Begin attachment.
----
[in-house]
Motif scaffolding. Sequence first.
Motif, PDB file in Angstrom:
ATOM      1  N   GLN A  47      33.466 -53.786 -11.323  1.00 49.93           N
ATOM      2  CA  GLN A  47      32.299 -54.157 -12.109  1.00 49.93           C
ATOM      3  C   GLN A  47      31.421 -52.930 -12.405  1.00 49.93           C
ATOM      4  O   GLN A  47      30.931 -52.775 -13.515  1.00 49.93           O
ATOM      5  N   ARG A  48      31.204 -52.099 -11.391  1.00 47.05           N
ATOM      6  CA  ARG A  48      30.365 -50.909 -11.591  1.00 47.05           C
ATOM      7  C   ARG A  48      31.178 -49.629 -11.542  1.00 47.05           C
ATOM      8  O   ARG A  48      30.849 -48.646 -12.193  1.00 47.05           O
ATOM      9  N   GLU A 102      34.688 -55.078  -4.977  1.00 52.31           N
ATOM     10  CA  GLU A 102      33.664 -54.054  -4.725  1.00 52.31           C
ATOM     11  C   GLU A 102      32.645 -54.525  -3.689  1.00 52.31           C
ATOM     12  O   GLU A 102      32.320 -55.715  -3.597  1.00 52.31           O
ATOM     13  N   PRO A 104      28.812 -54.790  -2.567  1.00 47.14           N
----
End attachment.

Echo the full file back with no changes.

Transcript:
[in-house]
Motif scaffolding. Sequence first.
Motif, PDB file in Angstrom:
ATOM      1  N   GLN A  47      33.466 -53.786 -11.323  1.00 49.93           N
ATOM      2  CA  GLN A  47      32.299 -54.157 -12.109  1.00 49.93           C
ATOM      3  C   GLN A  47      31.421 -52.930 -12.405  1.00 49.93           C
ATOM      4  O   GLN A  47      30.931 -52.775 -13.515  1.00 49.93           O
ATOM      5  N   ARG A  48      31.204 -52.099 -11.391  1.00 47.05           N
ATOM      6  CA  ARG A  48      30.365 -50.909 -11.591  1.00 47.05           C
ATOM      7  C   ARG A  48      31.178 -49.629 -11.542  1.00 47.05           C
ATOM      8  O   ARG A  48      30.849 -48.646 -12.193  1.00 47.05           O
ATOM      9  N   GLU A 102      34.688 -55.078  -4.977  1.00 52.31           N
ATOM     10  CA  GLU A 102      33.664 -54.054  -4.725  1.00 52.31           C
ATOM     11  C   GLU A 102      32.645 -54.525  -3.689  1.00 52.31           C
ATOM     12  O   GLU A 102      32.320 -55.715  -3.597  1.00 52.31           O
ATOM     13  N   PRO A 104      28.812 -54.790  -2.567  1.00 47.14           N